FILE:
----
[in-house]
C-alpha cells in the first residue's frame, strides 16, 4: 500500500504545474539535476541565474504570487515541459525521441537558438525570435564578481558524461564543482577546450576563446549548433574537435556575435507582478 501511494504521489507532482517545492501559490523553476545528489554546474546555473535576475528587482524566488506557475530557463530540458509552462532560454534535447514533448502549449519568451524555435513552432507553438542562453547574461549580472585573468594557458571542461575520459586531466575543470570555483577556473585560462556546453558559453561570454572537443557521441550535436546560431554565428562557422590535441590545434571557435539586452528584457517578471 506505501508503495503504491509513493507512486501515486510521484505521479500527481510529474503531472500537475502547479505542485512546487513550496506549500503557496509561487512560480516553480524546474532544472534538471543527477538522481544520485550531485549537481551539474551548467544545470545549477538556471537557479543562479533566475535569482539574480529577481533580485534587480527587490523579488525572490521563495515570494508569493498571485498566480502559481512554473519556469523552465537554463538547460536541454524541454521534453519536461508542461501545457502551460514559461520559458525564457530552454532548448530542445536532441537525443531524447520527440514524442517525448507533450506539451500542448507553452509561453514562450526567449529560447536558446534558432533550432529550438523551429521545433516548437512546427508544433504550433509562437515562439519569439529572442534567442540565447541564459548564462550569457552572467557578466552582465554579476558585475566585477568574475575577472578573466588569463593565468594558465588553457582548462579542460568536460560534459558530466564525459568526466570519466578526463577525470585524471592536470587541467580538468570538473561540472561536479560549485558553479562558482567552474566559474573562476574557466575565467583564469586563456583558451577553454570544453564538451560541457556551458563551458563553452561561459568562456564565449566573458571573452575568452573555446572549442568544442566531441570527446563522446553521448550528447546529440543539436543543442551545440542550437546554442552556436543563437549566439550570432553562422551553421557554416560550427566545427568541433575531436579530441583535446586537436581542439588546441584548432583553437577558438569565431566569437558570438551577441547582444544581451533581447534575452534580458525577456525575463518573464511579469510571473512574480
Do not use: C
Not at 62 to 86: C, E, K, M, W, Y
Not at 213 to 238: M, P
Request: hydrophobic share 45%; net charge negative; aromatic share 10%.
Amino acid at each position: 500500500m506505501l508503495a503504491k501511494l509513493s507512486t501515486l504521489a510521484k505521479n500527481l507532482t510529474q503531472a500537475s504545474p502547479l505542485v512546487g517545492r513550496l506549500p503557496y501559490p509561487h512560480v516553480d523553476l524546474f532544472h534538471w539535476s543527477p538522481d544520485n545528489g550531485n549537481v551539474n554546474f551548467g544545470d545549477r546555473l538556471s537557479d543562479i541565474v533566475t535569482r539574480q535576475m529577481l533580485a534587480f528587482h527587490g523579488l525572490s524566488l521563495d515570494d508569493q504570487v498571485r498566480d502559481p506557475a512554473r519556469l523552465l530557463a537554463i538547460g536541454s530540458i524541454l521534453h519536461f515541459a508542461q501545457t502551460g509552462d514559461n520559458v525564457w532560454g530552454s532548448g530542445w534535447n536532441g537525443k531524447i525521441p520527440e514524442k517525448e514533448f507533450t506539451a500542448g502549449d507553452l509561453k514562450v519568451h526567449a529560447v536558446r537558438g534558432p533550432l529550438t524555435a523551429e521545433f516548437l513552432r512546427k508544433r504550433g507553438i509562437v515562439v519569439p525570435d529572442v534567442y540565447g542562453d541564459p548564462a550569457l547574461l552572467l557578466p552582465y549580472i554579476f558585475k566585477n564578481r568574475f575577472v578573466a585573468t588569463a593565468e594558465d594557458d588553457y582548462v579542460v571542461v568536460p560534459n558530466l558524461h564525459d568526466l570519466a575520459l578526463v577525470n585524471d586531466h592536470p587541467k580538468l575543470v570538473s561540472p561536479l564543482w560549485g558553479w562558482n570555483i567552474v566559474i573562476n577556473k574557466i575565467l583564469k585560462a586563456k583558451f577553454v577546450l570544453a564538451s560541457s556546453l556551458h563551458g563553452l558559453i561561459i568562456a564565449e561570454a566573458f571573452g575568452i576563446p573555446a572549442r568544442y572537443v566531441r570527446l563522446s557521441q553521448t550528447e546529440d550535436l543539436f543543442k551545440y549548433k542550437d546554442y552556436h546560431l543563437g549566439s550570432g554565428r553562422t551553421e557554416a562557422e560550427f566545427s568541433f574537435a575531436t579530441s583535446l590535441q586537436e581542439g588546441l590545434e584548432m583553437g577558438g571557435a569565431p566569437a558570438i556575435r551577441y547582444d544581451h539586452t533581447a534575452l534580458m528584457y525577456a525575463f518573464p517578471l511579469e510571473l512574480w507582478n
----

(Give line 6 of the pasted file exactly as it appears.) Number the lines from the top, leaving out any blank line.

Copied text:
Request: hydrophobic share 45%; net charge negative; aromatic share 10%.